OPINION: Connecticut is Ready for IRV
An Op-Ed piece in which Marilyn Mackay, of the League of Women Voters of Southeastern Connecticut, writes about how IRV would put Connecticut at the top of the charts when it comes to low-cost, democratic, fair, and equal opportunity elections.
This year will be a record year for belt-tightening for families and governments. What better time for our legislators to look at more efficient, democratic, and less costly ways to run Connecticut’s elections?
The system is called Instant Runoff Voting or IRV.
IRV, in a single election, combines primaries, general elections, and runoffs, thereby improving voter turnout and saving on the cost of several elections.
Vermont almost became the first state to use IRV in 2008 when its House and Senate passed a bill, but its governor vetoed it.
The process is being used in a number of U.S. cities—Burlington, Vt., San Francisco, Cambridge, Mass., and Springfield, Il., to name a few. Other countries in which the system is used are Australia, Ireland, the United Kingdom, New Guinea, and New Zealand.
How does IRV work?
Voters rank candidates in order of choice—first, second, third, etc. It takes a majority to win. If a majority of voters ranks a candidate first, that person is elected.
If not, the last-place candidate is defeated (removed), just as in a runoff election, and all ballots are counted again. But this time each ballot cast for the defeated candidate counts for the next ranked (second choice) candidate listed on the ballot.
The process of eliminating the last-place candidate and recounting the ballots continues until one candidate receives a majority of the vote. With modern voting equipment, all counts and recounts can take place rapidly and automatically.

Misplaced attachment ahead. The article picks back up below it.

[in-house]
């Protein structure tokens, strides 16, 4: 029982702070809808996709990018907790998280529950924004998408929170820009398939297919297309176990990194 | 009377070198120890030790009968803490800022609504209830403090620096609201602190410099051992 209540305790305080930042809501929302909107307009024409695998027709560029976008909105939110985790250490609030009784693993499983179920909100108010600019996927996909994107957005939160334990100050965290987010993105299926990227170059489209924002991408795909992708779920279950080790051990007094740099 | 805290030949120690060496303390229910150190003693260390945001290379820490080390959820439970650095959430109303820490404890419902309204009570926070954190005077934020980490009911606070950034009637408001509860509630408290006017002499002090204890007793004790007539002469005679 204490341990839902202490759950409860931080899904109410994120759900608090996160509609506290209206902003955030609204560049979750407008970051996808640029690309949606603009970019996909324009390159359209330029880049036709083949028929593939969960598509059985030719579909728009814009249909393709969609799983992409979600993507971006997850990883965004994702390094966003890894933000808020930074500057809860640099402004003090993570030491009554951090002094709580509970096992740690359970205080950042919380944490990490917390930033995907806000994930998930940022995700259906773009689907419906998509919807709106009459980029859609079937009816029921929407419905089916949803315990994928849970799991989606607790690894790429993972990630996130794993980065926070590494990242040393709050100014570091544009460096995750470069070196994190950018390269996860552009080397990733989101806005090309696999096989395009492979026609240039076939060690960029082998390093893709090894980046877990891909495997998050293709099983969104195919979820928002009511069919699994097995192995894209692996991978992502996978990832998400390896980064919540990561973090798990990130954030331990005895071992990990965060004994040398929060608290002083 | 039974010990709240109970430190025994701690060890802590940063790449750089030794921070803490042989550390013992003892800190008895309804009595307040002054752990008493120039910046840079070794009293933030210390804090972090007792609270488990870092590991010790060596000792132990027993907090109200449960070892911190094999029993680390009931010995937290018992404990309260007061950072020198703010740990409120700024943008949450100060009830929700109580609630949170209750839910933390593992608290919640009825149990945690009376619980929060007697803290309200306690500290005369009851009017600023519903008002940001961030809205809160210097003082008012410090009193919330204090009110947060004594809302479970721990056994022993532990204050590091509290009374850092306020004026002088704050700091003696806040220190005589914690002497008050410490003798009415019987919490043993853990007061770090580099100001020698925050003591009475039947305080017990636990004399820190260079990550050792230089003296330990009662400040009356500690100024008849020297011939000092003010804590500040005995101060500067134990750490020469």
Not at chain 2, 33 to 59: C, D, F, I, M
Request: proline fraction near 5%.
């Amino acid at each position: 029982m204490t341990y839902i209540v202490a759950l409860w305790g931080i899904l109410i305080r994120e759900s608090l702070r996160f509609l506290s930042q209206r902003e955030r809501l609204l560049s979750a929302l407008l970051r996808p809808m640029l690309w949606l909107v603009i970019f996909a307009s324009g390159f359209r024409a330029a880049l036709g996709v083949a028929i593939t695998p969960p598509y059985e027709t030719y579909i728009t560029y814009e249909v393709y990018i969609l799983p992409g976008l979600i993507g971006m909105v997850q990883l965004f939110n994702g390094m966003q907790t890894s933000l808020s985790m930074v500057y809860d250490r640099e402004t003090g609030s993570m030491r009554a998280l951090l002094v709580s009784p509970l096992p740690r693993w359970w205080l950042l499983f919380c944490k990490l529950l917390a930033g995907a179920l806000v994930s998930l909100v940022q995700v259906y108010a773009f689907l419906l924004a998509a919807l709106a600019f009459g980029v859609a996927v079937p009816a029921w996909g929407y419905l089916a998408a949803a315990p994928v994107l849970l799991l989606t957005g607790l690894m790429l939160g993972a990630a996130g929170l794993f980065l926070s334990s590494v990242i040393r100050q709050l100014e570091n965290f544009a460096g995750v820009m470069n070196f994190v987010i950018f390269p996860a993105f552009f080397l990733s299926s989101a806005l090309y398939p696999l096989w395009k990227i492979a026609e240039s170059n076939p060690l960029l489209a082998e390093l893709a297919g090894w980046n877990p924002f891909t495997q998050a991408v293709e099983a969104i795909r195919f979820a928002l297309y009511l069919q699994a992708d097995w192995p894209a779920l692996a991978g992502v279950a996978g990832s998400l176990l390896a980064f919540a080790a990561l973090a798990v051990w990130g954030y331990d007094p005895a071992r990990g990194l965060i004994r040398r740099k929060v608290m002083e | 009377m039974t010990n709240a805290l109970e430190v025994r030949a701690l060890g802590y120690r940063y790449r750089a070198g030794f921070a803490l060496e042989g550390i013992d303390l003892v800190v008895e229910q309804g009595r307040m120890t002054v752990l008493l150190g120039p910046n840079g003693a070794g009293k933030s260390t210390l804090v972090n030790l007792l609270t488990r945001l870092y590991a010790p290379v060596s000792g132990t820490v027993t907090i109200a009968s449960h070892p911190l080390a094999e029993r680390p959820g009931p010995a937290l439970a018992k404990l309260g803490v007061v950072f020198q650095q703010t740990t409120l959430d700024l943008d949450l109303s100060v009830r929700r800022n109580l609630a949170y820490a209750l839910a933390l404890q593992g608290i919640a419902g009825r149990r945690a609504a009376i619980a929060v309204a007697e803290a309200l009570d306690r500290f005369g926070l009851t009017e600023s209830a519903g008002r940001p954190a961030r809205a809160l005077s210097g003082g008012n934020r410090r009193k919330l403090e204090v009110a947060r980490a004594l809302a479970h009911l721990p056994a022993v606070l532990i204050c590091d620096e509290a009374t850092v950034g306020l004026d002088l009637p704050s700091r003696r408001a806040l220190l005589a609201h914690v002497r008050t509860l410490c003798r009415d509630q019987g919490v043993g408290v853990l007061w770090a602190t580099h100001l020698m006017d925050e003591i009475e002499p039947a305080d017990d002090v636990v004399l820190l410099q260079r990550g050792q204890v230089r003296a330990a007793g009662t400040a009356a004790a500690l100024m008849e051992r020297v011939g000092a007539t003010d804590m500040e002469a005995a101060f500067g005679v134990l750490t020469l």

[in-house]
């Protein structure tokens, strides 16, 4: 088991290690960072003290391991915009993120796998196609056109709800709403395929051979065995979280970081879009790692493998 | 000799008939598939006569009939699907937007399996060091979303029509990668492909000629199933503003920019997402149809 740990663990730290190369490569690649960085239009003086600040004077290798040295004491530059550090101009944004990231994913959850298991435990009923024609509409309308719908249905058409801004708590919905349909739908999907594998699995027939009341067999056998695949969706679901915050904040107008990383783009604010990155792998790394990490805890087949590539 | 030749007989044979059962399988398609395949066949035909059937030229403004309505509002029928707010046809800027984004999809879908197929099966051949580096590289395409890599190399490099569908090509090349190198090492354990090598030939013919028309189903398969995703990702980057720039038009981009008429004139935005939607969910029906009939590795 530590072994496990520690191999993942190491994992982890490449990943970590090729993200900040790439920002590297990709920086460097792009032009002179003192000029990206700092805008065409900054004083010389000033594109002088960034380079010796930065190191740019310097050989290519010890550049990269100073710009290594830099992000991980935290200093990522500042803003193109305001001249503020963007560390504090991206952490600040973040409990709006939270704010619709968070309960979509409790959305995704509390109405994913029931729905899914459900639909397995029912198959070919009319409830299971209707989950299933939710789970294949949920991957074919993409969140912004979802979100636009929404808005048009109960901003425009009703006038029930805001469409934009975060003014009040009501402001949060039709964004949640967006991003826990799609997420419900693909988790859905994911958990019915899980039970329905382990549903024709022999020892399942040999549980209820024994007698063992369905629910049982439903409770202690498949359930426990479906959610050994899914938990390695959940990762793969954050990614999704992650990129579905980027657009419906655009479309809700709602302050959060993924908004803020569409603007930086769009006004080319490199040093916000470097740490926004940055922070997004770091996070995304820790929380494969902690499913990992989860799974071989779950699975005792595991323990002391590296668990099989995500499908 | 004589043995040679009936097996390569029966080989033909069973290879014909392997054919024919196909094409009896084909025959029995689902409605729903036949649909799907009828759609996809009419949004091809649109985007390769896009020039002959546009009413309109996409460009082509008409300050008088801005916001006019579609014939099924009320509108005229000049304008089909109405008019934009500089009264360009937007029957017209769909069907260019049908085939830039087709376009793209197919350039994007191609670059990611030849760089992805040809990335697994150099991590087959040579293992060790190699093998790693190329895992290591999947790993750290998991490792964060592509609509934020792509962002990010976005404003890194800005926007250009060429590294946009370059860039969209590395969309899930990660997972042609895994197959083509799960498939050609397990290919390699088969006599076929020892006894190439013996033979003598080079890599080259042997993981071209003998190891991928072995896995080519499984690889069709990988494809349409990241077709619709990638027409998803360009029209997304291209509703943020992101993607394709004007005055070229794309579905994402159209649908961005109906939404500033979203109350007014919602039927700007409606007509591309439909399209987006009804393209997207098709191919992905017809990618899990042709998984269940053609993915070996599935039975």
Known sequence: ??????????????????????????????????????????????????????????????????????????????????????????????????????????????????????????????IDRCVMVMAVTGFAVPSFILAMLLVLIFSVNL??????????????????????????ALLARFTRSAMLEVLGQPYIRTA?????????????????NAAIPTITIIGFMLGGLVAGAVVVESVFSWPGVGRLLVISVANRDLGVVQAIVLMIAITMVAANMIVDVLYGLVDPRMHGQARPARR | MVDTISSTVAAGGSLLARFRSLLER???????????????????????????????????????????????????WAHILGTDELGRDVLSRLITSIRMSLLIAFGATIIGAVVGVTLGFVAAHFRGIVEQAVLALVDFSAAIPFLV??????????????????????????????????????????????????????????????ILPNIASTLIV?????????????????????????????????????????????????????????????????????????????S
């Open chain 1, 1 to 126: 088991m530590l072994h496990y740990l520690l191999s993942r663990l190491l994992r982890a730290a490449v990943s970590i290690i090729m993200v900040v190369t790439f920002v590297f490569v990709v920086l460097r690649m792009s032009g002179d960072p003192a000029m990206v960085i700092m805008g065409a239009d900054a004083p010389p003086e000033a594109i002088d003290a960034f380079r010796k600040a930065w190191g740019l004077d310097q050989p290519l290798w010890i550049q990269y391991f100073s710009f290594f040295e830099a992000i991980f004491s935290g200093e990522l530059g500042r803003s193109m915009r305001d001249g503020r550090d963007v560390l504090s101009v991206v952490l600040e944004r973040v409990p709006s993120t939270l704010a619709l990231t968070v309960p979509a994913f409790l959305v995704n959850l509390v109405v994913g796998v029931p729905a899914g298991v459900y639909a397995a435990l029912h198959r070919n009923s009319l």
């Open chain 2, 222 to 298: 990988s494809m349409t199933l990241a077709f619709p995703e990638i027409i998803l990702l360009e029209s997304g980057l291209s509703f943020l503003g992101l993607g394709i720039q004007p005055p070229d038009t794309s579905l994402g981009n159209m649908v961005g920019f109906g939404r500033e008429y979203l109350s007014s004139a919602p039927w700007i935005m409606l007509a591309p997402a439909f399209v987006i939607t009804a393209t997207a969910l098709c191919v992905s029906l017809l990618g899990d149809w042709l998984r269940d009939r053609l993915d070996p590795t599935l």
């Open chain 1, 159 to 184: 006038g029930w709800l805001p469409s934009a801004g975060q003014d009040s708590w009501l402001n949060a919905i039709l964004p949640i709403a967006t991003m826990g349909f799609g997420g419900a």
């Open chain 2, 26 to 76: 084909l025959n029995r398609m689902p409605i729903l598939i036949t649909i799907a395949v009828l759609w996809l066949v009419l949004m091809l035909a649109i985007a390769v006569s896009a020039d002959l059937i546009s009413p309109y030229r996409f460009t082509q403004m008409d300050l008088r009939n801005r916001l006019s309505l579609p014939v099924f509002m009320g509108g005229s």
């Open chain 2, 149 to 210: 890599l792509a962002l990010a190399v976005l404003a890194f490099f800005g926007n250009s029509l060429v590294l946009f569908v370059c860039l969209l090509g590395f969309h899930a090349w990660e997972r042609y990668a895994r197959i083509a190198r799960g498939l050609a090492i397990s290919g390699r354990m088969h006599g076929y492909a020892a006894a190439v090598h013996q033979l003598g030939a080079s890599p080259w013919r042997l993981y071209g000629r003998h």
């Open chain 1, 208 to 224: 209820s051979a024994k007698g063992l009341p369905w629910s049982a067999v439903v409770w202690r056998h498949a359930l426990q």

Currently, in multiple-candidate races, like-minded constituencies split their votes among their own competing candidates, allowing someone with less overall support to prevail. IRV prevents the possibility of a third-party candidate “spoiling” the race by taking enough votes from one major candidate to elect the other, frequently with far less than a majority.
IRV also affects campaign debates. Because it requires second- and third-choice votes to win, candidates have incentive to focus on the issues and form coalitions, greatly decreasing negative campaigning and personal attacks.
Those interested in learning more about IRV can check out www.instantrunoff.com.
David Durenberger, a Republican and former U.S. senator from Minnesota, on Nov. 24, 2008, wrote an article in the Minneapolis-St. Paul Star Tribune.com titled “Avoid the agony of recounts, and more with instant runoff.” The full article can be read at www.startribune.com/templates/Print_This_Story?sid=35018964
Here are a few excerpts:
“We all were hoping that the bruising and expensive race for the U.S. Senate seat would end on Election Day. Instead, the $40 million-plus campaign continues to permeate our headlines and limit our forward momentum. The Coleman-Franken race is now in a contentious recount and is almost certainly headed to the courts from there. The recount and its aftermath will be a protracted and high-priced affair, and no matter the outcome, most voters will be left wondering if there is not a better way to express our preferences.
“Instant-runoff voting (IRV) would have produced an entirely different election…How would IRV have made a difference? It would have most likely produced a decisive winner on Election Day with the affirmative support of a majority of the voters…
“The democratic process is based on the principle of majority rule. In elections where only one candidate can win, IRV ensures that the winner is decided by the majority of voters.”
The combination of Connecticut’s new campaign financing laws and IRV would put our state at the top of the charts when it comes to low-cost, democratic, fair, and equal opportunity elections. It’s time for a change.
By Marilyn Mackay
Special to the Times
Marilyn Mackay is head of the membership committee for the League of Women Voters of Southeastern Connecticut. The League, open to men and women, is a non-partisan political organization that encourages informed and active participation in government. The group works to increase understanding of major public policy issues and influences public policy through education and advocacy.